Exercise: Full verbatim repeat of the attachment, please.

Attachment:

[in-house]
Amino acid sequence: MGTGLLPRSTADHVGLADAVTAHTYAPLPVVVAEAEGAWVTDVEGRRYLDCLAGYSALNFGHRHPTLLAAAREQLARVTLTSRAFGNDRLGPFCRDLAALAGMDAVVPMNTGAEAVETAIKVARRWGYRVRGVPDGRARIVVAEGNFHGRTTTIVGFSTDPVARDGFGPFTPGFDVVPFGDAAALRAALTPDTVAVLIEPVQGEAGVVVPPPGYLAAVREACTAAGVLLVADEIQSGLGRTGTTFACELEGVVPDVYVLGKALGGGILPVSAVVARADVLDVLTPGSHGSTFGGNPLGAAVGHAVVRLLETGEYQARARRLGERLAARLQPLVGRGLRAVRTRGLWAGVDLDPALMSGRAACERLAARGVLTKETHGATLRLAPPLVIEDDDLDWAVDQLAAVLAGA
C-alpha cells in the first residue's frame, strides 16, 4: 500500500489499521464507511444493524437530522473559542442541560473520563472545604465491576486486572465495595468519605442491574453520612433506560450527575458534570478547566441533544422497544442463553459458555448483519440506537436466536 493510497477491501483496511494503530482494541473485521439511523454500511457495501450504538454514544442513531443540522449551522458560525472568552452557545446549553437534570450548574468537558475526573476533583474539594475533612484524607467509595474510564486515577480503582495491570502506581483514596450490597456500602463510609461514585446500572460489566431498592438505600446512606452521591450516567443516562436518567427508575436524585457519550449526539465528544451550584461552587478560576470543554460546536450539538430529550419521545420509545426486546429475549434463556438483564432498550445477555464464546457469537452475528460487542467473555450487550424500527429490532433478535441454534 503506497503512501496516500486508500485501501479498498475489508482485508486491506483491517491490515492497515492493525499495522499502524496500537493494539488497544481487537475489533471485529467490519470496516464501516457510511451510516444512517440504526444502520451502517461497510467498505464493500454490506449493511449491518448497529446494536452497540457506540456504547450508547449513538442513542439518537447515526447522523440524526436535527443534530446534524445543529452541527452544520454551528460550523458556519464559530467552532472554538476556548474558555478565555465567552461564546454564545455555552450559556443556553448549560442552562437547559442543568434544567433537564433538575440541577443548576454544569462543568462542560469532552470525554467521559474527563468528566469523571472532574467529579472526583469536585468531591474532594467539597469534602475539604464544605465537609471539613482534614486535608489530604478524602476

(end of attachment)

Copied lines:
[in-house]
Amino acid sequence: MGTGLLPRSTADHVGLADAVTAHTYAPLPVVVAEAEGAWVTDVEGRRYLDCLAGYSALNFGHRHPTLLAAAREQLARVTLTSRAFGNDRLGPFCRDLAALAGMDAVVPMNTGAEAVETAIKVARRWGYRVRGVPDGRARIVVAEGNFHGRTTTIVGFSTDPVARDGFGPFTPGFDVVPFGDAAALRAALTPDTVAVLIEPVQGEAGVVVPPPGYLAAVREACTAAGVLLVADEIQSGLGRTGTTFACELEGVVPDVYVLGKALGGGILPVSAVVARADVLDVLTPGSHGSTFGGNPLGAAVGHAVVRLLETGEYQARARRLGERLAARLQPLVGRGLRAVRTRGLWAGVDLDPALMSGRAACERLAARGVLTKETHGATLRLAPPLVIEDDDLDWAVDQLAAVLAGA
C-alpha cells in the first residue's frame, strides 16, 4: 500500500489499521464507511444493524437530522473559542442541560473520563472545604465491576486486572465495595468519605442491574453520612433506560450527575458534570478547566441533544422497544442463553459458555448483519440506537436466536 493510497477491501483496511494503530482494541473485521439511523454500511457495501450504538454514544442513531443540522449551522458560525472568552452557545446549553437534570450548574468537558475526573476533583474539594475533612484524607467509595474510564486515577480503582495491570502506581483514596450490597456500602463510609461514585446500572460489566431498592438505600446512606452521591450516567443516562436518567427508575436524585457519550449526539465528544451550584461552587478560576470543554460546536450539538430529550419521545420509545426486546429475549434463556438483564432498550445477555464464546457469537452475528460487542467473555450487550424500527429490532433478535441454534 503506497503512501496516500486508500485501501479498498475489508482485508486491506483491517491490515492497515492493525499495522499502524496500537493494539488497544481487537475489533471485529467490519470496516464501516457510511451510516444512517440504526444502520451502517461497510467498505464493500454490506449493511449491518448497529446494536452497540457506540456504547450508547449513538442513542439518537447515526447522523440524526436535527443534530446534524445543529452541527452544520454551528460550523458556519464559530467552532472554538476556548474558555478565555465567552461564546454564545455555552450559556443556553448549560442552562437547559442543568434544567433537564433538575440541577443548576454544569462543568462542560469532552470525554467521559474527563468528566469523571472532574467529579472526583469536585468531591474532594467539597469534602475539604464544605465537609471539613482534614486535608489530604478524602476